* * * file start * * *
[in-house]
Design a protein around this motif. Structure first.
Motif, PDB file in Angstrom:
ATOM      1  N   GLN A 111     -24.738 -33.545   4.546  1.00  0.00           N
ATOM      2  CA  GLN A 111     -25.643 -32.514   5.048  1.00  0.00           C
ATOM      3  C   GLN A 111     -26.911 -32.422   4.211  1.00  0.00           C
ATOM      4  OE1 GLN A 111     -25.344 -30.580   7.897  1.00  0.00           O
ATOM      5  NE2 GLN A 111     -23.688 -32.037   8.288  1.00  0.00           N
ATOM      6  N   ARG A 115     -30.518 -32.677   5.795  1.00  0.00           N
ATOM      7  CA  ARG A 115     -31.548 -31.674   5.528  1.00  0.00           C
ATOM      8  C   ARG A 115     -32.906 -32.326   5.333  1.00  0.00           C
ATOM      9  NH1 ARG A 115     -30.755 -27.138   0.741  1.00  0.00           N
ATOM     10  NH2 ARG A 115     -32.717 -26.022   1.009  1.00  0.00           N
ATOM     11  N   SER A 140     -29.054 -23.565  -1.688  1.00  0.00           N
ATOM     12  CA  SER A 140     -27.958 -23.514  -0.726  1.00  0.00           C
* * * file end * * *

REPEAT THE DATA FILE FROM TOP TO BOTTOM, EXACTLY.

[in-house]
Design a protein around this motif. Structure first.
Motif, PDB file in Angstrom:
ATOM      1  N   GLN A 111     -24.738 -33.545   4.546  1.00  0.00           N
ATOM      2  CA  GLN A 111     -25.643 -32.514   5.048  1.00  0.00           C
ATOM      3  C   GLN A 111     -26.911 -32.422   4.211  1.00  0.00           C
ATOM      4  OE1 GLN A 111     -25.344 -30.580   7.897  1.00  0.00           O
ATOM      5  NE2 GLN A 111     -23.688 -32.037   8.288  1.00  0.00           N
ATOM      6  N   ARG A 115     -30.518 -32.677   5.795  1.00  0.00           N
ATOM      7  CA  ARG A 115     -31.548 -31.674   5.528  1.00  0.00           C
ATOM      8  C   ARG A 115     -32.906 -32.326   5.333  1.00  0.00           C
ATOM      9  NH1 ARG A 115     -30.755 -27.138   0.741  1.00  0.00           N
ATOM     10  NH2 ARG A 115     -32.717 -26.022   1.009  1.00  0.00           N
ATOM     11  N   SER A 140     -29.054 -23.565  -1.688  1.00  0.00           N
ATOM     12  CA  SER A 140     -27.958 -23.514  -0.726  1.00  0.00           C